Another batch that I’ve prepared from this miso cod. I added more miso added to the top and then lightly broiled for a couple of minutes just after it has finished. The miso sauce is usually burned on the silicon sheet, but it should turn brown enough to be able to see the broil.
For further Japanese food options, take a bite of this with Takoyaki (Japanese Octopus ball), chicken Karaage, vegetable tempura or tempura shrimp.
If you’re looking to eat more of a fish meal, then you can also cook an whole fish that you grill-it’s simpler than ever!
What’s good with miso black cod?
I like serving this with rice and some fresh greens such as sauteed spinach or the bok chop.
What is the difference between black and cod? cod?
Black cod is not a cod species and is a member of the family of sablefish. It is much more fatty than other cod species such as Alaskan cod, which is known for its an edgier and more firm texture.
What is the taste of miso?
Miso flavor is dependent on the kind of miso that you’re using. For example, white miso is an apricot-like taste than red or dark miso, due to their differing levels of sodium and different fermentation processes.
Does black cod have high levels of mercury?
Black cod has extremely low mercury levels. It’s sustainable and also has very high omega-3 concentrations as well.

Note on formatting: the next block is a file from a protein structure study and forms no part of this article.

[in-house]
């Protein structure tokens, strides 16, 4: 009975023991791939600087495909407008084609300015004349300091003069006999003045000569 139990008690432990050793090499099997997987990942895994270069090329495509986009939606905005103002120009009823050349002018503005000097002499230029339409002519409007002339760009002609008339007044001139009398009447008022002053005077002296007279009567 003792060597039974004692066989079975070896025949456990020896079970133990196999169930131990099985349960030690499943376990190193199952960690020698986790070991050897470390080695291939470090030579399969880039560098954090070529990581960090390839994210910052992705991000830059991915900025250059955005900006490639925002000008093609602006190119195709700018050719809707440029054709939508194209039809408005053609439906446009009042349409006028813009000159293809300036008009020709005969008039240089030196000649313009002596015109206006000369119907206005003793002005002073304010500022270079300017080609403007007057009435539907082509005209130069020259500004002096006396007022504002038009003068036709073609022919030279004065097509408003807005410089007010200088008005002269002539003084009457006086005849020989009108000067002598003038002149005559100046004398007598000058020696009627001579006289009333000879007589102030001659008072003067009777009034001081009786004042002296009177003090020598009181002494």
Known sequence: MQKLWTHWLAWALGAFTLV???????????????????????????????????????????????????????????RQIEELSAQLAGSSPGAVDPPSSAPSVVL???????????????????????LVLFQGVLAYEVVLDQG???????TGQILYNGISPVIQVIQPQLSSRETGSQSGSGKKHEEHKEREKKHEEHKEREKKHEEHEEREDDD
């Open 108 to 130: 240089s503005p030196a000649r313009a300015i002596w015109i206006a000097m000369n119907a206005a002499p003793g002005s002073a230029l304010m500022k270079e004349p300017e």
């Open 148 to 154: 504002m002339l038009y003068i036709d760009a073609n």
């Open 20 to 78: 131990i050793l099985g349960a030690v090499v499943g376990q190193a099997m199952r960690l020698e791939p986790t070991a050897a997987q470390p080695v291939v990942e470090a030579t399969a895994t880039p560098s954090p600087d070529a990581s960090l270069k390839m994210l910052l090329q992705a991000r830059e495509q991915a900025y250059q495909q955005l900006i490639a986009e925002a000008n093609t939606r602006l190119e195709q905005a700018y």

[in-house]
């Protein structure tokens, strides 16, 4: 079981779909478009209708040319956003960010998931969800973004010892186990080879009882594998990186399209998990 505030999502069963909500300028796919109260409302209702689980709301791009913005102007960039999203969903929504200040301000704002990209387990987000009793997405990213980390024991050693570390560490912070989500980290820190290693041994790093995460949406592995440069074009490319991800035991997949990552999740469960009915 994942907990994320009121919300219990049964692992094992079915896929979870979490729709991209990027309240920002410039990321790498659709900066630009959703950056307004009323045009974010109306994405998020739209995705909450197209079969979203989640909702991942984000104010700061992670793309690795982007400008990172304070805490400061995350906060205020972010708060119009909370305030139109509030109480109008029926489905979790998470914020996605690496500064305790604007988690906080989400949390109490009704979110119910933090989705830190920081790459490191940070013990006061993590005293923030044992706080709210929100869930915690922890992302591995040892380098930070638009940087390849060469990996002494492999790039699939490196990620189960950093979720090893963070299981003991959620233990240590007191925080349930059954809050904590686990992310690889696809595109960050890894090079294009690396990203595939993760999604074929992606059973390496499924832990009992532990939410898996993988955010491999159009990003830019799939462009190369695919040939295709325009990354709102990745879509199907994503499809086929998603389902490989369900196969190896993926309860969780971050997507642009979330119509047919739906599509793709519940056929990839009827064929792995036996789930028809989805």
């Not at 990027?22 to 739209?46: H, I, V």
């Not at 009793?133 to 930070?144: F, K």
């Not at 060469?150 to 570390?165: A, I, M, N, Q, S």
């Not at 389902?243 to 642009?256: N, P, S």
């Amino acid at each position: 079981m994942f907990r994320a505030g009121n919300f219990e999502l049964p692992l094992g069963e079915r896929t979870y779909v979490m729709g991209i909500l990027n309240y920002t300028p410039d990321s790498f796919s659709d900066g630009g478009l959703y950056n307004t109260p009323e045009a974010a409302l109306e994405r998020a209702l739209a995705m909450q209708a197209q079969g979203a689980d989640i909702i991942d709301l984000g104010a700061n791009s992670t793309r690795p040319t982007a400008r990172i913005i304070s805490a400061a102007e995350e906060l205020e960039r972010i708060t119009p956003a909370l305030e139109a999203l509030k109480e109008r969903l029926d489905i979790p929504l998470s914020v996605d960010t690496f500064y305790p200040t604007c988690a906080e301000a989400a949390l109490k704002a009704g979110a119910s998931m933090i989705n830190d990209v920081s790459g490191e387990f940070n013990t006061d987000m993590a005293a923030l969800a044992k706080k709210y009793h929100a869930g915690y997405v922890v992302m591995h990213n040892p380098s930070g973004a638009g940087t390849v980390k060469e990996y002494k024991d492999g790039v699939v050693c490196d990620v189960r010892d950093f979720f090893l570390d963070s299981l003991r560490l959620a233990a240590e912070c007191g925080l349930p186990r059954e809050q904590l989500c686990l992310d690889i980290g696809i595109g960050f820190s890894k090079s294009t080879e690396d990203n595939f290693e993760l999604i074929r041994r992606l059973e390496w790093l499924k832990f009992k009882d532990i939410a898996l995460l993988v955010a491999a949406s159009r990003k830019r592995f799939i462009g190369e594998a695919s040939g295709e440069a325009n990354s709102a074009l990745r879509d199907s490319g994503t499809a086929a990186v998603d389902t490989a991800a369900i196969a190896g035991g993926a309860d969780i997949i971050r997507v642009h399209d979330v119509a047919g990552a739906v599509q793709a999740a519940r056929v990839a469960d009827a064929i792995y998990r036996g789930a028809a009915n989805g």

Do you have the ability to consume the skin of cod that is black?
Yes, you can take the skin off of the black cod. I would prefer to cook with the skin removed because it keeps a more humid fish filet.
How to make Miso Black Cod Recipe?
Authentic Miso-Marinated Black Cod Recipe
- 12 oz black cod split into two 6 oz filets
- 4 tbsp sake
- 4 tbsp mirin
- 4 tbsp Saikyo miso paste or white miso
- 2 tbsp sugar
- In a large saucepan, at medium-high temperature add the mirin and sake. Bring to a boil for approximately thirty seconds.
- Incorporate the Saikyo miso well using an electric whisk. Cook for approximately 30 seconds.
- Bring to a boil, then add the sugar. Stir to mix. Allow to simmer for 1 minute.
- Remove from the heat & allow the marinade to cool.
BLACK COD MISO
- In an appropriate glass container for your filets, pour some of the marinade, enough to coat the bottom. place the filet in the top and then cover it with the remainder of the marinade. Make sure that your fish is completely covered in the marinade. Cover the container, and then place it in the refrigerator for up to 3 days.
- The third day is the best time to take the container out and place it at the countertop for an hour (you do not want to bake frozen fish).
- Preheat your oven at 400°F and then line a baking sheet by using parchment.
- Filets are removed and scrape off the marinade completely. Be sure to not leave any excessive marinade on the fish in order to prevent burning.
- Place the filets with their skin facing up onto the baking sheets. Place on the middle rack in the oven. Bake for about 10 mins or so until the thermometer registers 145 degrees (until it starts to brown both sides as well as the on the top).
- Optional: apply a little leftover miso marinade and place the baking sheet on high point of the oven, and cook for a couple of minutes until lightly golden. Do not look away from the fish as you broil!
- Remove the fish with care and put it on a dish to serve. Serve with a side dish of rice and sauteed greens.